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In opening crowd consisting of a bizarre combination of bearded and flanneled Bushwick hipsters, Roberta Smith and Klaus Biesenbach at Chelsea gallery Luhring Augustine‘s new Bushwick location, I was shocked to discover a cold screensaver-esque video installation by filmmaker Charles Atlas, leaving me with some serious questions about the progress and demands on queer art.
Best known for both his collaboration with Merce Cunningham and his films starring luminaries Leigh Bowery and John Kelly, Charles Atlas’s work has become a touchstone for documenting queer culture and performance. Recently, Atlas’s work has experienced a resurgence from being featured in the 2012 Whitney Biennial to having a solo film screening looking at his major works at Judson Memorial Church for their monthly film series Dirty Looks.
Before attending Dirty Look‘s night of Charles Atlas’s films, I only knew Atlas from Mrs Peanut Visits New York, a film in which performance artist Leigh Bowery struts around the Meatpacking District in a feminized version of a Mr. Peanut costume. Hilarious, visually shocking and oddly sexy, the film is hard to forget, which I was so eager to attend both the Dirty Looks film retrospective and Luhring Augustine’s new show.
In the light of Judson’s stained glass window watching drag queens in spandex and fishnets vogue their way through a diner or watching John Kelly play the role of Delilah in Atlas’s AIDS film Son of Sam and Delilah (1991), I was completely enthralled by Atlas’s documentation of the vibrancy, humor, sadness and oppression within queer culture of the early 1990s.
Ranging from The Draglinquents (1990) where two drag queens vamp in what was obviously a music video booth at Coney Island or another amusement park and Atlas’s foray into porno films, Staten Island Sex Cult (1991), the films shown at Dirty Looks combined irreverence, camp, flamboyance and gritty realism that has always been an important staple of queer cinema.
Leaving Dirty Looks, I was excited by both Atlas’s filmmaking and Dirty Looks’s goal to present queer cinema as essential part of both film and art history, which is why I was so shocked at Atlas’s isolating new work at Luhring Augustine a few weeks later.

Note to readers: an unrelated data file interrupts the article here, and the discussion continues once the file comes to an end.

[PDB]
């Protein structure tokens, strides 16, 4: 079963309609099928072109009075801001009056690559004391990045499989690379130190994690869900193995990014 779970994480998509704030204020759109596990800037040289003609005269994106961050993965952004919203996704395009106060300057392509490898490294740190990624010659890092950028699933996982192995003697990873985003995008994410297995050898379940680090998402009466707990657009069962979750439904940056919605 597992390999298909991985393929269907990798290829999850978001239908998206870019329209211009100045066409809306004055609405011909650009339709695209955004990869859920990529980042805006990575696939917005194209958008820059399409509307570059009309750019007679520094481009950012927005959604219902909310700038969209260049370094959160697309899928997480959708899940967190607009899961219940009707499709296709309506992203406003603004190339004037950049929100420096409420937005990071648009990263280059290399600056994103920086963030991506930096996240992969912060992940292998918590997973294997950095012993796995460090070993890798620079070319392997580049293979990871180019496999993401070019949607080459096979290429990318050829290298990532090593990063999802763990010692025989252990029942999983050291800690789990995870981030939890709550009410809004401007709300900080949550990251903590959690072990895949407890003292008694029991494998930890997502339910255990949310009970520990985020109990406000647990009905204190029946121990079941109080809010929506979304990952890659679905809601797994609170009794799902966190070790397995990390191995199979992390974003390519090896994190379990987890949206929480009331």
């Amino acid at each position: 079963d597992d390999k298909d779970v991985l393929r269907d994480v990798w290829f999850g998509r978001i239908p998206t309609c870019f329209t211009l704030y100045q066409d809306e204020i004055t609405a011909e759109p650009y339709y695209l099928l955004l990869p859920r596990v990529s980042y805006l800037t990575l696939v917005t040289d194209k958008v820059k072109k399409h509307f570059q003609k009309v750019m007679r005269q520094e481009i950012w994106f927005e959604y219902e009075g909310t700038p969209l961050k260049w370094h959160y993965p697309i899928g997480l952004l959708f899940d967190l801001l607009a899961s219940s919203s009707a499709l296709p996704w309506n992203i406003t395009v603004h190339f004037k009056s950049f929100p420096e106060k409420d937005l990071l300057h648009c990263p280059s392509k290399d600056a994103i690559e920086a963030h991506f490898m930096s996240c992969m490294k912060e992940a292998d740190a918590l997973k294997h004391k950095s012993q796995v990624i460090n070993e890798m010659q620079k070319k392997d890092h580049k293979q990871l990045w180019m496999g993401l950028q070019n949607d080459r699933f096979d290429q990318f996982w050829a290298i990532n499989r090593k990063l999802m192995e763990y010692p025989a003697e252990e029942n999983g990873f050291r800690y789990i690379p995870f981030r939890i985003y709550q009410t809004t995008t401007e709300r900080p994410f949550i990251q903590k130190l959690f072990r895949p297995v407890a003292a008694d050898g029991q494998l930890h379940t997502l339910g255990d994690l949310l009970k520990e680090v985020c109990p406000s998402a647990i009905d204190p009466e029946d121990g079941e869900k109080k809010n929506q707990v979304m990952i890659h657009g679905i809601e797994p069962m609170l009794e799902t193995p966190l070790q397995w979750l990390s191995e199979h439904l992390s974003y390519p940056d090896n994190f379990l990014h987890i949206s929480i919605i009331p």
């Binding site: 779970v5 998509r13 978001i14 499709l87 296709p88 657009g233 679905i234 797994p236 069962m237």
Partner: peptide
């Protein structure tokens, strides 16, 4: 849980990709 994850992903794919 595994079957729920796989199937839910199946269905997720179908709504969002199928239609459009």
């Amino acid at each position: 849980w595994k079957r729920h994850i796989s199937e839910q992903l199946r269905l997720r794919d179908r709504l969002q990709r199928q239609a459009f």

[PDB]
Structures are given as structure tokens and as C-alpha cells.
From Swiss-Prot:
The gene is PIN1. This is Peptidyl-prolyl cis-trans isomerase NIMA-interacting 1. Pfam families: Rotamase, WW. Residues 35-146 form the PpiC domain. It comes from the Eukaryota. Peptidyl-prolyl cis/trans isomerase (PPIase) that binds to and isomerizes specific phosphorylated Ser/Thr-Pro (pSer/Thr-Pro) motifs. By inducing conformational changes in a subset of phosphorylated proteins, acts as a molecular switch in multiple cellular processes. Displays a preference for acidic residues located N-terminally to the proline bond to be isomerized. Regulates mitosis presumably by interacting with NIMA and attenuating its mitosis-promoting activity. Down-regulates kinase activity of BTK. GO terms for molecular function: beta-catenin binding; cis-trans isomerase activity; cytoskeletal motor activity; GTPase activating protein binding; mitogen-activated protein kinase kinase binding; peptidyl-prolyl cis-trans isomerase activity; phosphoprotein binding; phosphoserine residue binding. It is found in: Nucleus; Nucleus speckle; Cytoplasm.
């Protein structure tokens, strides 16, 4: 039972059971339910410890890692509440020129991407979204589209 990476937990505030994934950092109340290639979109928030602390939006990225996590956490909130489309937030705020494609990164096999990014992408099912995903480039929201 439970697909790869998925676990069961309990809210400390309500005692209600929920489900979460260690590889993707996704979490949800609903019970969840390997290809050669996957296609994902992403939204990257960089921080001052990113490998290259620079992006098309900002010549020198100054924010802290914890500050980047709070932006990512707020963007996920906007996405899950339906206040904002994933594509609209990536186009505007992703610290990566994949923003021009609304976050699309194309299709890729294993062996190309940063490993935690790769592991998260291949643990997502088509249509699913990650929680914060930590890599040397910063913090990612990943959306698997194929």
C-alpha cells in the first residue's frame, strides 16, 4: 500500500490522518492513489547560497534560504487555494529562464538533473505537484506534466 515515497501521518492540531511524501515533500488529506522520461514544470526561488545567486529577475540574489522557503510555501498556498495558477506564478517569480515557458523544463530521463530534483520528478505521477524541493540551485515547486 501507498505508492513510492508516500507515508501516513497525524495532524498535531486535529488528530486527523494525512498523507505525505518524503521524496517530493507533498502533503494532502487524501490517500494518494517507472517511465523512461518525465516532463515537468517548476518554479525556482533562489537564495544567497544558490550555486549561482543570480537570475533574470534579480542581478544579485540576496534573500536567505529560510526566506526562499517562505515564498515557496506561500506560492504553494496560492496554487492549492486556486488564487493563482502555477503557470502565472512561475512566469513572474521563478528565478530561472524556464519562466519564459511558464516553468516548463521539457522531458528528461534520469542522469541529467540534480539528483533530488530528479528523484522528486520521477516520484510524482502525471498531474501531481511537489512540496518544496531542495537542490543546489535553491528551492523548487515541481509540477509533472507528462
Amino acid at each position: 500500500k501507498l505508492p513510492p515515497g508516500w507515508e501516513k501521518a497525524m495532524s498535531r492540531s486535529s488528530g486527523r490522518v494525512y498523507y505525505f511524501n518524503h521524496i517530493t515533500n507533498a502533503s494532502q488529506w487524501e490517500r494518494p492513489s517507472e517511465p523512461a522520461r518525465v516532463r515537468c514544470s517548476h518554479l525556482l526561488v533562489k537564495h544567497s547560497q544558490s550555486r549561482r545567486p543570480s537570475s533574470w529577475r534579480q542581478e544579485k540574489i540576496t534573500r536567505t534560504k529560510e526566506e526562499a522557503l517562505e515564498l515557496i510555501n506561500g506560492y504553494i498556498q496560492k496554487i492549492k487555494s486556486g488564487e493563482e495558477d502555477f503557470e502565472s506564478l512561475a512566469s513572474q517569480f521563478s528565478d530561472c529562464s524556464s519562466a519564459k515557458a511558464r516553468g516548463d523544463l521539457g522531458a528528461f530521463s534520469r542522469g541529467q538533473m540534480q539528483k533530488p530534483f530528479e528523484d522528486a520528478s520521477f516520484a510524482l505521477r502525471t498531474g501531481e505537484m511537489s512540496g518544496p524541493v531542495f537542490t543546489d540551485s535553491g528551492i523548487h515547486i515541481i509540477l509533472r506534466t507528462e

Starring at black walls projected with white numbers filled the warehouse space, the exhibition contained three works, Painting by Numbers, 14352 and Plato’s Alley, which were, at least in the crowded opening, almost indistinguishable from each other. Without the camp, color and dynamism of Atlas’s earlier works, I couldn’t help but feel extremely let down by the exhibition.
After watching Atlas’s fun, free-wheeling and also poignant older films at Dirty Looks, I began to wonder about point of these video installations. Is this where queer film-making has ended up? A series of numbers that seems like it should be a nerd’s desktop wallpaper? Why did Atlas choose to create these films rather than documenting human experiences as he’s done in the past? Is it because gallery-goers don’t have a campy enough sense of humor? Or is this what Atlas feels the art world needs or wants?
My disappointment in the exhibition also made me question the pressure I and others put on queer artists and filmmakers. Before taking the subway out to Bushwick, I looked at this exhibition as possibly the next step in the genealogy of queer film that I watched at Dirty Looks but perhaps that pressure is my own fault. Can artists and filmmakers who have defined themselves or been defined as “queer” make art that is not obviously referencing queer issues or culture without disappointment from their audience?
As I left, I realized perhaps I didn’t like the show simply because there wasn’t a drag queen involved.
Charles Atlas: The Illusion of Democracy will be at Luhring Augustine in Bushwick until May 20.
“Black infants in America are now more than twice as likely to die as white infants—11.3 per 1,000 black babies, compared with 4.9 per 1,000 white babies, according to the most recent government data—a racial disparity that is actually wider than in 1850, 15 years before the end of slavery, when most black women were…
In 1850, when Dr. Robert W. Gibbes commissioned J. T. Zealy to make daguerreotypes of persons held in slavery in and around Columbia, South Carolina, for Harvard Professor Louis Agassiz to use in support of his theory that African people were a separate species, daguerreotypes were at the height of fashion.
The show, which honors the 50th anniversary of an exhibition history once ignored, continues a series of projects documenting Wilmington’s contemporary art scene.
he ownership of images has a long and nuanced legal history, which has evolved dramatically in recent years as cultural standards and photographic technologies have rapidly advanced
Renty and his daughter Delia. Renty was an enslaved African, kidnapped from the Congo, sold and forced into slave labor on the South Carolina plantation of B.F. Taylor
Two K-12 art teachers will each receive a $1,000 cash gift and an additional $500 to put toward classroom art supplies. Nominations are due October 31.
As a scholar of African American history and photography whose work has focused on the status of violent images in museums and archives, I fully support the validity of Ms. Tamara Lanier’s claim and the amicus brief.
The daguerreotypes of Renty Taylor, Delia, Drana, Alfred, Jack, George Fassena, and Jem remained in an unused storage cabinet until 1975, when it was discovered by an employee of the Peabody Museum.
I am writing in support of the amicus curiae brief submitted by Professor Ariella Aïsha Azoulay of Brown University for the full restitution of the daguerreotypes of Renty Taylor and his daughter Delia, currently held by Harvard University, to their familial descendant, Tamara Lanier.